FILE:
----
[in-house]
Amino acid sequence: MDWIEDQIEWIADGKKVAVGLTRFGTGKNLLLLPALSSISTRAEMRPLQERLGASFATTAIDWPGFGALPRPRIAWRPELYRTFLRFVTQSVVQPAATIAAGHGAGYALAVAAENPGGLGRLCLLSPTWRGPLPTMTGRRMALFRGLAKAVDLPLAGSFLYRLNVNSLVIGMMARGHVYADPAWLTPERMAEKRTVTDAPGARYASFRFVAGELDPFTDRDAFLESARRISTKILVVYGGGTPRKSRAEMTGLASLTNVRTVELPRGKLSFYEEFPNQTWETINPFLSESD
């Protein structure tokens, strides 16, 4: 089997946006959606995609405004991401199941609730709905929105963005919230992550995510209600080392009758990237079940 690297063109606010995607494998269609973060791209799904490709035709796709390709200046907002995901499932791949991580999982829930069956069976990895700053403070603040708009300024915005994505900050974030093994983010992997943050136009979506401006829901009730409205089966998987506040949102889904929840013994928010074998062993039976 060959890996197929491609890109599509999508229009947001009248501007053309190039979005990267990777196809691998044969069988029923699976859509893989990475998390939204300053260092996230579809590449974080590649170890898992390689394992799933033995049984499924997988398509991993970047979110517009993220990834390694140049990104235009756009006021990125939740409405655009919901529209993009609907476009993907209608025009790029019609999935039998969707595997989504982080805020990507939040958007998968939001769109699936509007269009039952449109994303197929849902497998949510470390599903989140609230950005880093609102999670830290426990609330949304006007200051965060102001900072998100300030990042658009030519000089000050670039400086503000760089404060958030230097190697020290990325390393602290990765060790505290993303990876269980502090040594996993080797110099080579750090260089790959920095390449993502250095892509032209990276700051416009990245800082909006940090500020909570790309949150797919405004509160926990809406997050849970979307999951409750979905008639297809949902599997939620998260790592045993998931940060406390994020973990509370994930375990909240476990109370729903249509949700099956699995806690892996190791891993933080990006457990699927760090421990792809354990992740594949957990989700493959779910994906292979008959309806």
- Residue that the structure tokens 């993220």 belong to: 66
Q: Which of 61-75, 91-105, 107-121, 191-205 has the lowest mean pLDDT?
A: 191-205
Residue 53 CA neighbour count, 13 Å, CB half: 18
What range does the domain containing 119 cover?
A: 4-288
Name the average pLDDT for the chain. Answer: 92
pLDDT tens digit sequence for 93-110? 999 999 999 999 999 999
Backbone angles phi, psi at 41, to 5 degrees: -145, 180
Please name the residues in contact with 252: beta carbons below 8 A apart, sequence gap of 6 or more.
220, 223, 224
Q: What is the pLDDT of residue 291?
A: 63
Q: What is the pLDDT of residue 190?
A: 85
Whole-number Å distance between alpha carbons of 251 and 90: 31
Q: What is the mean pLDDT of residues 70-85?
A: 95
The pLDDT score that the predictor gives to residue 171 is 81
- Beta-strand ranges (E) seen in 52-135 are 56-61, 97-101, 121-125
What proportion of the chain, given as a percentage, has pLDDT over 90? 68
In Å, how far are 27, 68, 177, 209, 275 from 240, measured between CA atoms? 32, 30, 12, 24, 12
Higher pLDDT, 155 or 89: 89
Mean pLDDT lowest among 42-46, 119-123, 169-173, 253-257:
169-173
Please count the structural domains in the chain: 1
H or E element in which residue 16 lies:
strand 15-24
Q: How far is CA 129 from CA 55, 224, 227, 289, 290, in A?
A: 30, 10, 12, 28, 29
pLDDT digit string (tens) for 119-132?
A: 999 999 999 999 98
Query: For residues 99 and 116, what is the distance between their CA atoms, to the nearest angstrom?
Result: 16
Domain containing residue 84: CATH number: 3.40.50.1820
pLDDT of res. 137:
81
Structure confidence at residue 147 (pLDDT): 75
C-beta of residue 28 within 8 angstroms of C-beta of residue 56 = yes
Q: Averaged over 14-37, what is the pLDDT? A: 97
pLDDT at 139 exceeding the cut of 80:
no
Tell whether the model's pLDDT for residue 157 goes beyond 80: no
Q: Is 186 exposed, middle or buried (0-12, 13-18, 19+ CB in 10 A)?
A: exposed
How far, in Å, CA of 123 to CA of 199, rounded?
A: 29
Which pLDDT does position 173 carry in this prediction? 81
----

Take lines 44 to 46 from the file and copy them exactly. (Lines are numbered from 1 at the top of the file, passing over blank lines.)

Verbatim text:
pLDDT at 139 exceeding the cut of 80:
no
Tell whether the model's pLDDT for residue 157 goes beyond 80: no